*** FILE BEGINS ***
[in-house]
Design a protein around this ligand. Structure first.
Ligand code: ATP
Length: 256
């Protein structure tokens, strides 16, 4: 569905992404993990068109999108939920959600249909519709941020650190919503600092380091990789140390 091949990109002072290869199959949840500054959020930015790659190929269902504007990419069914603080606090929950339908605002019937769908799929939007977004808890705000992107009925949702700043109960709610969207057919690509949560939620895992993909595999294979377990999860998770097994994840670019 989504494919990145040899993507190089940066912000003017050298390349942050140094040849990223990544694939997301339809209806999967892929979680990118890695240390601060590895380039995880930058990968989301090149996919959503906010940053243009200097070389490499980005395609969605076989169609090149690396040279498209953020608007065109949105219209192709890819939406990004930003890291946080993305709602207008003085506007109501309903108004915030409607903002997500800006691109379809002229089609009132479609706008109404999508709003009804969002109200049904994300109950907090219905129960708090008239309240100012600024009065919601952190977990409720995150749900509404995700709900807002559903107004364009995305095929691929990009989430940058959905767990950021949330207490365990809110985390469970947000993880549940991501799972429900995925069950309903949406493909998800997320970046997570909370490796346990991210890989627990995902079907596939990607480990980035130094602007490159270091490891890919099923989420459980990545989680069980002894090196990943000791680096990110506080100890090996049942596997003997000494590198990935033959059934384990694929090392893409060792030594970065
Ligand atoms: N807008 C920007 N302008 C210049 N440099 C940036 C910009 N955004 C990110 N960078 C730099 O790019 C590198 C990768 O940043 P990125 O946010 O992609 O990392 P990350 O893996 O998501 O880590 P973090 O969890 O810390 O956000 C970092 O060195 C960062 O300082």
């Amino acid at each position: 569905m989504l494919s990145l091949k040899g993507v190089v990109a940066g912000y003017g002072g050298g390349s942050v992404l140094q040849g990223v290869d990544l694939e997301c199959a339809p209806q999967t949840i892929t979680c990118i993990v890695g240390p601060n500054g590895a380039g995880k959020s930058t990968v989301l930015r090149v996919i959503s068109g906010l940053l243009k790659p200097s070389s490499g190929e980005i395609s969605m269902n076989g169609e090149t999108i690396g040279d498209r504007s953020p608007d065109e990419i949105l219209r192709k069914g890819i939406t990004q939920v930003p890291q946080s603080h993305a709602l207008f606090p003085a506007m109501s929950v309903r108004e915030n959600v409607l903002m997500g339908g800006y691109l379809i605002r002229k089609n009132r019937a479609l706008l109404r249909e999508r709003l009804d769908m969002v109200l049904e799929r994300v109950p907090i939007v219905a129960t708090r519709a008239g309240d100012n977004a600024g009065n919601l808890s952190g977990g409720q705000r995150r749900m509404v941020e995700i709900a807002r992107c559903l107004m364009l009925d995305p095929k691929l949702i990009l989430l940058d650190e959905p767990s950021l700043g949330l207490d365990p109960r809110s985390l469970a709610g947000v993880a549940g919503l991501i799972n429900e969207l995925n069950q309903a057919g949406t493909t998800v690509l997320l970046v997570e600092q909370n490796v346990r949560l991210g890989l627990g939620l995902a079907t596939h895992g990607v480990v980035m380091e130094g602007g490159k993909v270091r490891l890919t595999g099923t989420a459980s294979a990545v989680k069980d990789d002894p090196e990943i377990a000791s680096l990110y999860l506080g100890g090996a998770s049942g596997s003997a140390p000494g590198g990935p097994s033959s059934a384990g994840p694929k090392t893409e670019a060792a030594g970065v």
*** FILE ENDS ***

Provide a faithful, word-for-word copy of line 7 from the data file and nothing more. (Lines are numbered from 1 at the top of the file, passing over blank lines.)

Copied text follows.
């Amino acid at each position: 569905m989504l494919s990145l091949k040899g993507v190089v990109a940066g912000y003017g002072g050298g390349s942050v992404l140094q040849g990223v290869d990544l694939e997301c199959a339809p209806q999967t949840i892929t979680c990118i993990v890695g240390p601060n500054g590895a380039g995880k959020s930058t990968v989301l930015r090149v996919i959503s068109g906010l940053l243009k790659p200097s070389s490499g190929e980005i395609s969605m269902n076989g169609e090149t999108i690396g040279d498209r504007s953020p608007d065109e990419i949105l219209r192709k069914g890819i939406t990004q939920v930003p890291q946080s603080h993305a709602l207008f606090p003085a506007m109501s929950v309903r108004e915030n959600v409607l903002m997500g339908g800006y691109l379809i605002r002229k089609n009132r019937a479609l706008l109404r249909e999508r709003l009804d769908m969002v109200l049904e799929r994300v109950p907090i939007v219905a129960t708090r519709a008239g309240d100012n977004a600024g009065n919601l808890s952190g977990g409720q705000r995150r749900m509404v941020e995700i709900a807002r992107c559903l107004m364009l009925d995305p095929k691929l949702i990009l989430l940058d650190e959905p767990s950021l700043g949330l207490d365990p109960r809110s985390l469970a709610g947000v993880a549940g919503l991501i799972n429900e969207l995925n069950q309903a057919g949406t493909t998800v690509l997320l970046v997570e600092q909370n490796v346990r949560l991210g890989l627990g939620l995902a079907t596939h895992g990607v480990v980035m380091e130094g602007g490159k993909v270091r490891l890919t595999g099923t989420a459980s294979a990545v989680k069980d990789d002894p090196e990943i377990a000791s680096l990110y999860l506080g100890g090996a998770s049942g596997s003997a140390p000494g590198g990935p097994s033959s059934a384990g994840p694929k090392t893409e670019a060792a030594g970065v």